The Substance Abuse and Mental Health Services Administration (SAMHSA) reported 59.3 million adults had some form of mental illness in 2021. While 1 in 12 adults aged 18 and older, had both a substance use disorder and a mental illness.  

“People use drugs because drugs benefit them. I think that’s a very non-controversial statement to make. Now as your relationship or use patterns with drugs continue over time, the cost-benefit can change, the relationship can change,” said Dr. Carroll.

Pack Recovery is Twofold

Pack Recovery includes the student-led organization and staff within Prevention Services. Both offer support to NC State students in recovery. The student group provides a safe space to build community. They host weekly support meetings and Fun Friday events. The organization also offers volunteer opportunities and overnight retreats to students during the fall and spring semesters. 

“Pack Recovery is kind of twofold, there’s the student group that’s a registered student organization, and then there’s Pack Recovery through Prevention Services,” Valmassoi tells Nubian Message. “The Prevention Services side of it is always available. So if anyone has some crisis, an issue, they want to talk about, people like Jeff and other people in Prevention Services are there throughout the year.”

In addition to crisis response, Prevention Services provides support for students experiencing substance use. Jeffrey Fay, Alcohol and Other Drug Prevention Coordinator, is a helpful resource in the department. He offers Opioid Overdose Prevention and Education Training and recovery awareness presentations across campus. 

The Meaning Behind Recovery

Pack Recovery brings together NC State students who identify as being in recovery. Recognizing there are different paths to recovery, the organization does not adhere to a strict definition of the term. Recovery can include people who used substances in the past and those who presently use them.

“Recovery is always such a flexible word,” said Dr. Carroll. “It can mean everything from genuine evidence-based, flexible, person-centered support to punitive abstinence only structures – all of those fit under recovery.” Although punitive abstinence-only approaches are prevalent, Dr. Carroll does not endorse these programs because they are not evidence-based.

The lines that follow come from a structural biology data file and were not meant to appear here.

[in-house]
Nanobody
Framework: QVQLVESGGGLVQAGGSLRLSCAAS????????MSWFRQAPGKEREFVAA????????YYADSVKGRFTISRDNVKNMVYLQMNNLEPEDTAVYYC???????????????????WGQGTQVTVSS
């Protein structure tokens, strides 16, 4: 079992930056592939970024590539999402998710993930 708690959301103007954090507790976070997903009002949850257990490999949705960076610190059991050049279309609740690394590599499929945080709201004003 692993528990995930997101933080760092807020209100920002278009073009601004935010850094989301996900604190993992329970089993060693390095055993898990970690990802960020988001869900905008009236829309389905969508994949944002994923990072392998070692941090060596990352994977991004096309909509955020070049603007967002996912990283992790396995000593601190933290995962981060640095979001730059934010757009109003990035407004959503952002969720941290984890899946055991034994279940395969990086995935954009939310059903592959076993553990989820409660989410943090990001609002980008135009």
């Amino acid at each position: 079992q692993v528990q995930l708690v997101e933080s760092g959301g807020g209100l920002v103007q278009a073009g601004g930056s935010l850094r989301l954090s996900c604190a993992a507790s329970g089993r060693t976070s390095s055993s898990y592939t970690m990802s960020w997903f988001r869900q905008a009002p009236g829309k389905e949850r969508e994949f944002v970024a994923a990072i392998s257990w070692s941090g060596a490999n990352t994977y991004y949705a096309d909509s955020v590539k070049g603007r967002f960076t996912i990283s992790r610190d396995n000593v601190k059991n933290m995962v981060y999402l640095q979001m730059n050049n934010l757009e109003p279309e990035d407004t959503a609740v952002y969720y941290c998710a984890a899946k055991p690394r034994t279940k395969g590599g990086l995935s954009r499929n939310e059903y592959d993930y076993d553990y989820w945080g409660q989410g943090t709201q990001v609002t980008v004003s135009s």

Valmassoi reached out for help and began his recovery journey at 30. With the support of family and friends, he returned to school to finish his degree. After graduating from Wake Technical Community College, Valmassoi transferred to NC State. There he joined Pack Recovery where he found a community. 

Pack Recovery isn’t just a space for students. In fact, Valmassoi says, “we’re here for the whole campus community”. He shares that some NC State staff and alumni attend weekly meetings and events put on by the organization. 

Two years after joining Pack Recovery, Valmassoi earned his bachelor’s degree. Now, he has his eyes set on earning a master’s. “Yes, I’m bettering myself, but it was a big healing thing for me. I was going back to school because I was in recovery,” said Valmassoi.

“And I really think my theory of recovery is like, that’s what’s really important is finding people that have a similar goal or been through similar experiences that come together and help each other. I think that is a big part of recovery and how recovery works. At least it has been for me.” – Valmassoi


Recovery from addiction is possible. For help, please call the free and confidential treatment referral hotline (1-800-662-HELP), or visit This story was funded in part by a microgrant from Reporting on Addiction, with support from the Solutions Journalism Network.

Editor‘s note: This story was updated to provide more context from Dr. Jennifer Carroll about recovery efforts. The update was made on June 8, 2024.